Fall Cooking: Trials & Errors
This past weekend marked the anniversary of the day I met my husband. Every year we celebrate this day by telling each other the same stories. Like how Manhattan traffic almost caused me to miss the plane that would bring me to the city where for the first time we would meet, seated by chance next to one another at a business breakfast. It's funny how there are events in our lives that we just never get tired of hearing about, over and over again. What some may call sentimentality I prefer to think of as an irrepressible admission of when we've been very, very lucky.
Mark and I celebrate two anniversaries -- the day we met and then a month later, the day we married -- by always doing the same thing. I make a special meal, sometimes one of his favorites, other times all completely new dishes that he has selected. And we splurge on a really good bottle of wine. Last Saturday I was feeling the chill of autumn in New York but I was also feeling the chill of the economy so the centerpiece of my menu was a braised boneless veal breast.
A four-and-a-quarter pound breast, bought at Fairway, was about $7.00 ($1.69/pound), on the bone. I asked the butcher to remove the bones, which I froze to later use for stock. The remaining meat had a thick layer of fat, which was easy to cut off, leaving me with a large rectangle of pale pink veal. I cut 5 lengths of kitchen twine and then rolled the rectangle of veal as if it were a jellyroll, tying it in place with the twine every inch or so and then I cooked it using a classic braising method. I browned the meat in a little bit of canola oil, added a mirepoix of chopped carrots, celery, onion and garlic, deglazed the pan with a cup of white wine, then chicken stock, and slow simmered the veal for about two hours. I took the meat out of the pan and boiled the cooking liquid until it was the consistency of a sauce. I strained out the vegetables and puddled the sauce around slices of the veal roll. It took about three hours in total to make and cost about $2.00 per serving. See our recipe.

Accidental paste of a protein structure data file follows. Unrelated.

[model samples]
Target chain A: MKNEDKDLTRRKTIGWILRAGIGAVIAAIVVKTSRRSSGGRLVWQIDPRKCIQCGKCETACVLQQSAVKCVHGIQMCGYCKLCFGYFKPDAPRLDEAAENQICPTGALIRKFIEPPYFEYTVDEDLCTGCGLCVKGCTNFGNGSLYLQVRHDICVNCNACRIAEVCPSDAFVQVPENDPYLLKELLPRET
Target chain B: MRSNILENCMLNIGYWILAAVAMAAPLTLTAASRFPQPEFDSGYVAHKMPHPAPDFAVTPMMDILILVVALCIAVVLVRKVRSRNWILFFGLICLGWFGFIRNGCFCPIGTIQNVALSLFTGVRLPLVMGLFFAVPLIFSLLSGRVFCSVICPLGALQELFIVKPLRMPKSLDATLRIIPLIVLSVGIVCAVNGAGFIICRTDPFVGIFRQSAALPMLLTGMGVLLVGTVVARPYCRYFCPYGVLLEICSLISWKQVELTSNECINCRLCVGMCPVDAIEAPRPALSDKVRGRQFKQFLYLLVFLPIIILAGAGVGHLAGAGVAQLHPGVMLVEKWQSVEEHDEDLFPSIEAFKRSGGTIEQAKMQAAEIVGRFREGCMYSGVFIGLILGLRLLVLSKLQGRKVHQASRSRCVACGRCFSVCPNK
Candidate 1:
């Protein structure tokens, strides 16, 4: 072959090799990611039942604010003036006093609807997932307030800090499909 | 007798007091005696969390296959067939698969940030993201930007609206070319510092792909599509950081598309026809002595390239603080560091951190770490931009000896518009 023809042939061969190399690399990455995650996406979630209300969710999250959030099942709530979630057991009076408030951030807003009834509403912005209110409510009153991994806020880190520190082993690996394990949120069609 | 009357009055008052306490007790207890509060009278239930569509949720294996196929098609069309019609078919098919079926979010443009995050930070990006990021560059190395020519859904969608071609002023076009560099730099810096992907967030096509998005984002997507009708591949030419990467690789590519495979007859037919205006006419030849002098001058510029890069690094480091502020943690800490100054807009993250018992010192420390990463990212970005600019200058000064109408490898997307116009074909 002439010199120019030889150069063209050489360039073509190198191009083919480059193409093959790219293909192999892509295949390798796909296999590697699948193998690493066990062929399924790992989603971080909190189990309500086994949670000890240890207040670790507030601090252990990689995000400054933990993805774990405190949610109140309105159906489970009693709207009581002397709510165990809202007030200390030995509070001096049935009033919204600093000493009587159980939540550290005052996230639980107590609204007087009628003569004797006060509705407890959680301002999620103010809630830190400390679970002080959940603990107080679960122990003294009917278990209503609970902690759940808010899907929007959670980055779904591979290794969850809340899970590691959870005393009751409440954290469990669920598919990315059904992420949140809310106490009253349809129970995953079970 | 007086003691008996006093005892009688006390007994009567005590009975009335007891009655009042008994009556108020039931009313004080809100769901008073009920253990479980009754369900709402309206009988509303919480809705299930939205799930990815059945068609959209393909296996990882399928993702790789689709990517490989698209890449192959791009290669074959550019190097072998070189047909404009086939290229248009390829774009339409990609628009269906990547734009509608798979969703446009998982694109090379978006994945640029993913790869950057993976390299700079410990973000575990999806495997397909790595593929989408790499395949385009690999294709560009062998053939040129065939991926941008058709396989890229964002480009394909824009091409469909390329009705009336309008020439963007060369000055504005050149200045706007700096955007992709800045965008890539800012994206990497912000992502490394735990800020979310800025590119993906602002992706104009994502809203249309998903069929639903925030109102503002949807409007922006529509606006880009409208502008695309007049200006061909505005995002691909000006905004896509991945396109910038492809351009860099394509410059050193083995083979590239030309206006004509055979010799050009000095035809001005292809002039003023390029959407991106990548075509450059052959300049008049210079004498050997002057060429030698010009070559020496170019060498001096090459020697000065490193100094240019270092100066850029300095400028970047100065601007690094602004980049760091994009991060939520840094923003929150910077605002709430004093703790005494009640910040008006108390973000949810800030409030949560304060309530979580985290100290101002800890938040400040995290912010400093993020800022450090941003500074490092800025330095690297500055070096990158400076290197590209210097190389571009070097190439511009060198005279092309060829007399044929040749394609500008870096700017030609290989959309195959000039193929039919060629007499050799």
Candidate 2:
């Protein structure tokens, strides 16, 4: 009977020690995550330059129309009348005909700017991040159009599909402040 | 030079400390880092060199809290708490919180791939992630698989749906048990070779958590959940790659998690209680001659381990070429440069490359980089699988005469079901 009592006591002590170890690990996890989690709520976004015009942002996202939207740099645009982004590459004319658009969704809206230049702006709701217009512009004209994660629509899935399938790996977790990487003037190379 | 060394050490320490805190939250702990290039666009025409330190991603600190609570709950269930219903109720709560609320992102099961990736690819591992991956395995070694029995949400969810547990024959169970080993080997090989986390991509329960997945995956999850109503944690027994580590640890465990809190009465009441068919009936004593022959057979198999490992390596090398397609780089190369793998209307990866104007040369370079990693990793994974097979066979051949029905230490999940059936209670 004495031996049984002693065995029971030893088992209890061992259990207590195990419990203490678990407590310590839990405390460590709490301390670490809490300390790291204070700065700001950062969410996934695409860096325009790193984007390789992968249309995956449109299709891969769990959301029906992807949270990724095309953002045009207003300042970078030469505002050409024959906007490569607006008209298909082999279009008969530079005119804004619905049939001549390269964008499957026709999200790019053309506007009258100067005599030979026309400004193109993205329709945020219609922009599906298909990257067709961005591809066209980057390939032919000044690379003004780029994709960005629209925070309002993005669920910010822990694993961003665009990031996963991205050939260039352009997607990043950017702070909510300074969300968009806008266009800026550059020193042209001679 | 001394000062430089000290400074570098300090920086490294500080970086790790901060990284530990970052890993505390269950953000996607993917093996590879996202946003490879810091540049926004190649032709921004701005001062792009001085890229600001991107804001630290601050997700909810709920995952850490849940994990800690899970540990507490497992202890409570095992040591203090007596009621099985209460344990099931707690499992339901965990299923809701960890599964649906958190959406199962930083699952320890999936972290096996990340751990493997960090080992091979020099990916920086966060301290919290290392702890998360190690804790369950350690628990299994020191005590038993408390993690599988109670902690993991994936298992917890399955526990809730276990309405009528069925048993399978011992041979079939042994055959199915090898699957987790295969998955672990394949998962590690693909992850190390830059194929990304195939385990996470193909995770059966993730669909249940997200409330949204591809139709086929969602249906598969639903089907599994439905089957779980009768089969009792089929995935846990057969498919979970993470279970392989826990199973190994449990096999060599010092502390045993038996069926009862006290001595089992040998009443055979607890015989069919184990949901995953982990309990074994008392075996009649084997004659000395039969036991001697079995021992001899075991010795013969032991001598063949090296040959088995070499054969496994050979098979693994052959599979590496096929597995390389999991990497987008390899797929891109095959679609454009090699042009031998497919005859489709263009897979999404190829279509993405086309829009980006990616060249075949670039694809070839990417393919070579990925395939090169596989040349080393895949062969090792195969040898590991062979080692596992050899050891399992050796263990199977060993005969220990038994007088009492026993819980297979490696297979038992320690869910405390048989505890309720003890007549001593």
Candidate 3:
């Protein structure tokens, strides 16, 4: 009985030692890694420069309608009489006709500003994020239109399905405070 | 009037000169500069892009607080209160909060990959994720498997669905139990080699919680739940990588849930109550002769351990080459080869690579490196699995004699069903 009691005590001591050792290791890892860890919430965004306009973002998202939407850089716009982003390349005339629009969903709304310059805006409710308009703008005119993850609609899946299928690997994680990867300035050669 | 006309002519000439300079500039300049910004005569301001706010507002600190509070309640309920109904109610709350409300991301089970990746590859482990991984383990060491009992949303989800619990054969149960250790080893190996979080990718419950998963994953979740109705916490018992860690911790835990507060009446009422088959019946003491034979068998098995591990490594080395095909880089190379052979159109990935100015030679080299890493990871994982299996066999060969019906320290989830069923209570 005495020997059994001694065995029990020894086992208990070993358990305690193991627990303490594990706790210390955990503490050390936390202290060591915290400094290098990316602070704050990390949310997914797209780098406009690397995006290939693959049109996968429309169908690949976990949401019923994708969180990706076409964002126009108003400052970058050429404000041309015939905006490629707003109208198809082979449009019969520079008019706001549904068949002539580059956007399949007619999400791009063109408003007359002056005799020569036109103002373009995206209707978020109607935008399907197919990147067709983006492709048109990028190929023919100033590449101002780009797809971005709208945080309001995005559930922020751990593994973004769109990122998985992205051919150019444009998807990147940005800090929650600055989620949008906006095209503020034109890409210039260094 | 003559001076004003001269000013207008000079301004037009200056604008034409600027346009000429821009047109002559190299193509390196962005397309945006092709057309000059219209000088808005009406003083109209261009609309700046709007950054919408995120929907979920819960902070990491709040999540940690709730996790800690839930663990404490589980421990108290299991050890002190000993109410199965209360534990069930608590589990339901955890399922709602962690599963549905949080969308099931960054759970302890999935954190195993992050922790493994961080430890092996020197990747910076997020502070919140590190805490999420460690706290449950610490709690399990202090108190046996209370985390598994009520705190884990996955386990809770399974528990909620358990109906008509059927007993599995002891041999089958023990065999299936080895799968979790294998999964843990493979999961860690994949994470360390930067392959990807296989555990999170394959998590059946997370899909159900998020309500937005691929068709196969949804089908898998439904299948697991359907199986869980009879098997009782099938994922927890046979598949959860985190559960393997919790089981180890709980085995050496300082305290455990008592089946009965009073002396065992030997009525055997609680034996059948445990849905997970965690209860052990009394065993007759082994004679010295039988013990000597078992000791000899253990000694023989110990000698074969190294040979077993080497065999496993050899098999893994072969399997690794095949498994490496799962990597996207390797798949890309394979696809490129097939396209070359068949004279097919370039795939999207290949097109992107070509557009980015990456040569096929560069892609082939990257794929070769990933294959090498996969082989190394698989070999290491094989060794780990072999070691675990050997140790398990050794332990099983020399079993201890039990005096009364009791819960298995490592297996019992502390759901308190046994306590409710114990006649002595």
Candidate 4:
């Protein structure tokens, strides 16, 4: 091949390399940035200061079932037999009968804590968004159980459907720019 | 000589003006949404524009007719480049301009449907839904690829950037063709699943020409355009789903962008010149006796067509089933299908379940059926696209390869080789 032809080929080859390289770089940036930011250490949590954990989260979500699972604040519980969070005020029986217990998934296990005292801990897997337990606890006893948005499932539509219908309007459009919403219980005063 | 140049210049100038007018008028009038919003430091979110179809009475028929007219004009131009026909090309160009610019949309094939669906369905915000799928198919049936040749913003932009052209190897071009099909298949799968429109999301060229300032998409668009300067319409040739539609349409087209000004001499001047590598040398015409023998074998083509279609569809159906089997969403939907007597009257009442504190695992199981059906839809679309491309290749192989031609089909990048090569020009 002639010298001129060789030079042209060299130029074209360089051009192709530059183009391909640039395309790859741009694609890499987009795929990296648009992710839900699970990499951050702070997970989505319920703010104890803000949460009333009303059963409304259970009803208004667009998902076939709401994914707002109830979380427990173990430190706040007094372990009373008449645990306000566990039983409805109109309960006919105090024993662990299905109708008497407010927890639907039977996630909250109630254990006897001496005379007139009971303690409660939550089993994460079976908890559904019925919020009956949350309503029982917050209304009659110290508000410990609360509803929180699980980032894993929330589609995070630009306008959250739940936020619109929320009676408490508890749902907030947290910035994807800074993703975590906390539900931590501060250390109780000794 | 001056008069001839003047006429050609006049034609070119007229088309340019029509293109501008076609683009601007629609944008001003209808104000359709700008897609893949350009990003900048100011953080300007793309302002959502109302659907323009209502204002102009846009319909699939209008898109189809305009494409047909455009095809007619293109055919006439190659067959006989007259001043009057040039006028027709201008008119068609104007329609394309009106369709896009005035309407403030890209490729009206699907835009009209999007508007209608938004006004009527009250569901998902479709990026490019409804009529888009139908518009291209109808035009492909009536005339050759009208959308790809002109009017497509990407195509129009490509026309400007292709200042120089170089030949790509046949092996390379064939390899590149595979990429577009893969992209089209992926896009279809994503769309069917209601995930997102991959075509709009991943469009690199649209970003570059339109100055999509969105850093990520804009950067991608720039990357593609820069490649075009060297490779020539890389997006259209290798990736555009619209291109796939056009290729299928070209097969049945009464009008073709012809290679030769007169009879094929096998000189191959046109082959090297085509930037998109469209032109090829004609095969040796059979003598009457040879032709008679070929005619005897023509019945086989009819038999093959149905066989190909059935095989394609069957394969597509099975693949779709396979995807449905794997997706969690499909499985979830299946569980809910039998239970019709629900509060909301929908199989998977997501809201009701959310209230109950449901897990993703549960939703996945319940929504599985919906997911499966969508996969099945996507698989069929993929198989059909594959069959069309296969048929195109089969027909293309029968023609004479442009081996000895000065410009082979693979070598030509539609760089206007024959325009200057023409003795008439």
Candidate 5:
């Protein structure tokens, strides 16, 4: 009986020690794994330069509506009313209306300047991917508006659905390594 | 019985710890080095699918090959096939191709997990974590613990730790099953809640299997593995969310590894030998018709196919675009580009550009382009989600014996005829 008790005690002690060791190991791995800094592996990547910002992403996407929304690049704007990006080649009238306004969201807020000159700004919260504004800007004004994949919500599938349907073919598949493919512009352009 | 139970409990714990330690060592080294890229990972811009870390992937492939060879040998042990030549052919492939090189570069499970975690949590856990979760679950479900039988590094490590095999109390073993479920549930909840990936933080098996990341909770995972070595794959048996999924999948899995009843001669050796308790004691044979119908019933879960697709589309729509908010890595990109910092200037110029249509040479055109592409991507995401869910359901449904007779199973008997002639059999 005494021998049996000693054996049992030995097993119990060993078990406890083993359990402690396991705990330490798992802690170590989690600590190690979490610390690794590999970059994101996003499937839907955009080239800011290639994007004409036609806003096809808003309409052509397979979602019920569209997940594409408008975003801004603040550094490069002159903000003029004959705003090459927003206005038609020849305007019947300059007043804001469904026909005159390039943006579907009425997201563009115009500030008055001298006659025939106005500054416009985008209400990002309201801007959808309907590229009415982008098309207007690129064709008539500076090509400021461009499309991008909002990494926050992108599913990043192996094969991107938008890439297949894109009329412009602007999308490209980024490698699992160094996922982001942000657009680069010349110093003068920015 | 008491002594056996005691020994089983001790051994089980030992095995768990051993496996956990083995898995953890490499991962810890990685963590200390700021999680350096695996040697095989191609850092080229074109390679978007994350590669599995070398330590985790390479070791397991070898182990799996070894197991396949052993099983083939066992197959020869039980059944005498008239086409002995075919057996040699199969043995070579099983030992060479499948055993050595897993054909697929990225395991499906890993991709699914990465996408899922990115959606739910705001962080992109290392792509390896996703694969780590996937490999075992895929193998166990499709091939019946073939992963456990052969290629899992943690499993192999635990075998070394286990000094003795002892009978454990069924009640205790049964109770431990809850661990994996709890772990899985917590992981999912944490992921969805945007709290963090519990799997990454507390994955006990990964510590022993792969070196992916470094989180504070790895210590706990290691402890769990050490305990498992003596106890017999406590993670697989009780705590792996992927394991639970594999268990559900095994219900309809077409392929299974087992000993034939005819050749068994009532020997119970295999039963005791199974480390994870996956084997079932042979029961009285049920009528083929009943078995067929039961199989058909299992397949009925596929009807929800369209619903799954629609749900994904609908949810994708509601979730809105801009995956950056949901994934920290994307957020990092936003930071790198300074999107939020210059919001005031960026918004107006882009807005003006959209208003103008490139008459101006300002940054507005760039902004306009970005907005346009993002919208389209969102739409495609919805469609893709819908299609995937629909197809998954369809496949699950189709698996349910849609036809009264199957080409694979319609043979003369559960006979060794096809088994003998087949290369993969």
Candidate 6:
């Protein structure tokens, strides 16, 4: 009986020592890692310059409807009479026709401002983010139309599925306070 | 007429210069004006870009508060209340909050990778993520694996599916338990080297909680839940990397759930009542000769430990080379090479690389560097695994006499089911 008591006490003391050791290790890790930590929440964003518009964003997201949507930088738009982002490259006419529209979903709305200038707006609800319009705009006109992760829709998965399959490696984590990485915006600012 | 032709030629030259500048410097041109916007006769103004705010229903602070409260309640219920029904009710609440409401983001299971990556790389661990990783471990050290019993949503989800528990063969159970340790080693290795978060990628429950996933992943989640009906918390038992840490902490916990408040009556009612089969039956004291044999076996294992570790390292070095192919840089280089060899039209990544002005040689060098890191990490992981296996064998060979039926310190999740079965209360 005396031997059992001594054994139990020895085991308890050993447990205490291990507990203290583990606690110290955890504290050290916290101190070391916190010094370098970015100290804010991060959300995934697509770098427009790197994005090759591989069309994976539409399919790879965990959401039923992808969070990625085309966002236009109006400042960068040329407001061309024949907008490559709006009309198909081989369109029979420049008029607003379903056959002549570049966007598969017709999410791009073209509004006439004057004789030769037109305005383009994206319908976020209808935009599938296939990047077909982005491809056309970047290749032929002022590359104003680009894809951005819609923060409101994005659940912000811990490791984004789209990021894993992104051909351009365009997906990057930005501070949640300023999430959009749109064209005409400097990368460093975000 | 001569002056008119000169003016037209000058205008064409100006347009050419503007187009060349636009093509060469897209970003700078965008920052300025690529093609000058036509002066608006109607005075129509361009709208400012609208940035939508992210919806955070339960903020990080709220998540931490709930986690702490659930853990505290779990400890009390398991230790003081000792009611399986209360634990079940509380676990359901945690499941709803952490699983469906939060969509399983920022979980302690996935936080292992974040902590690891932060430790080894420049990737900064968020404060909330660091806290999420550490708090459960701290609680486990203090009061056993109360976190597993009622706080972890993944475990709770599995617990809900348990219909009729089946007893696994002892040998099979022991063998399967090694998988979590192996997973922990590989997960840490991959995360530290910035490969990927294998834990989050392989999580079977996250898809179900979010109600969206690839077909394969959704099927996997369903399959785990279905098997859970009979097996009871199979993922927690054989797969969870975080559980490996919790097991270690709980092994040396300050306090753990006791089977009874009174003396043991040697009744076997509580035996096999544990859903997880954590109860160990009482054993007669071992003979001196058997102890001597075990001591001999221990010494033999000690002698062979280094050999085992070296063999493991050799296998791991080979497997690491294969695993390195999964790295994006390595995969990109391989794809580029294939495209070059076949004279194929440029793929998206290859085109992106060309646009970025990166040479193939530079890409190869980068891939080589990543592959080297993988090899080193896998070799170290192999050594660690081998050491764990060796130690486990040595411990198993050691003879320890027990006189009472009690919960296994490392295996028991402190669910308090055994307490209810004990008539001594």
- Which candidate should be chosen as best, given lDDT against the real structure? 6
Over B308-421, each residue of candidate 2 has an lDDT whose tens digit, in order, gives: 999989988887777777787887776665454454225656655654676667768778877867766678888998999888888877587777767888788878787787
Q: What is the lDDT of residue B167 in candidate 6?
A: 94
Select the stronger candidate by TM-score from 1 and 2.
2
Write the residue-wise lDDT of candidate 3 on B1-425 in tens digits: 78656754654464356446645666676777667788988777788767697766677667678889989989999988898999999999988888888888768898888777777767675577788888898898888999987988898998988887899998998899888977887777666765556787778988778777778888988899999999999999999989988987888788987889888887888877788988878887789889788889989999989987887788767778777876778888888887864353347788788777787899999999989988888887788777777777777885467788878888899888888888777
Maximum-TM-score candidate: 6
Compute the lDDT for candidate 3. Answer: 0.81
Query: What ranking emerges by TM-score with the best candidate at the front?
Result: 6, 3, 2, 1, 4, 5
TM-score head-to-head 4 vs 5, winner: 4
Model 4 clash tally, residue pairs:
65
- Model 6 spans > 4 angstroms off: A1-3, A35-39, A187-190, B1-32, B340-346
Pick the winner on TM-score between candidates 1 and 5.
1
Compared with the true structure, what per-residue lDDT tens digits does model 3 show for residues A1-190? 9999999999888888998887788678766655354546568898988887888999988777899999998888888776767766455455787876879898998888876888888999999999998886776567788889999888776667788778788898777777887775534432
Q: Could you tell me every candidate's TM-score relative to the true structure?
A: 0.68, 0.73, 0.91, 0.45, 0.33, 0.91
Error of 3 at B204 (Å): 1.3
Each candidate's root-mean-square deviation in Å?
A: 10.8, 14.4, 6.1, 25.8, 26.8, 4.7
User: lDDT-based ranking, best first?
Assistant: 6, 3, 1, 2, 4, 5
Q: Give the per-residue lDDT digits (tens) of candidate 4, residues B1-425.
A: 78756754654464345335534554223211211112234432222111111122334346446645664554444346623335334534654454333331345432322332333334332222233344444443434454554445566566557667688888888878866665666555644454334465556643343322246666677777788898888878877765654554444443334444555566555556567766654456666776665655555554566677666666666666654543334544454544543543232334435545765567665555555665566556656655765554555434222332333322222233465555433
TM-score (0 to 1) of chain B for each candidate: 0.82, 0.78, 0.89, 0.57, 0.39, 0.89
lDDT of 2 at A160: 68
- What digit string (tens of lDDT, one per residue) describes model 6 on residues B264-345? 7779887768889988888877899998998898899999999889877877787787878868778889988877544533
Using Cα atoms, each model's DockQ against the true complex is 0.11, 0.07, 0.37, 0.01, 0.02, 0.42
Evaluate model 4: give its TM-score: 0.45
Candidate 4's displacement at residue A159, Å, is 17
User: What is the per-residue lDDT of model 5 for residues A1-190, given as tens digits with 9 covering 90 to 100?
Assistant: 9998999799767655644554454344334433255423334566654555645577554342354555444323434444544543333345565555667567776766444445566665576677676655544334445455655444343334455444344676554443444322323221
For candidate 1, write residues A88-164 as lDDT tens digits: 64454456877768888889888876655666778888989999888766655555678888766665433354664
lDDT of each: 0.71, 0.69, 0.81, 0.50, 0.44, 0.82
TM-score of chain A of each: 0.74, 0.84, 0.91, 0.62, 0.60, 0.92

The veal roast was a complete success, with a buttery texture and the sweetness that only veal can have. But the rest of the meal was not so good. In fact it was pretty bad.
So what went wrong? Aiming for some showmanship on my part, I had decided to try some new recipes Mark chose from a new cookbook by a star chef who has restaurants on the East Coast. The book has a passionate voice and the chef/author makes a convincing case for the appeal of making traditional Italian flavors using a contemporary approach. The book is gorgeous, its photos could make anyone hungry, and there is a generosity of spirit to its entire approach, presenting complex and innovative dishes while keeping the authenticity of Italian cuisine.
But the recipes don't work. I suspect that in this chef's hands and made in his restaurant kitchens that these dishes would be triumphs, but in my amateur little kitchen -- even with my focus and some level of skill -- each of them failed. I would bet that none of the recipes were tested by non-professionals, yet that's who the book is being marketed and sold to.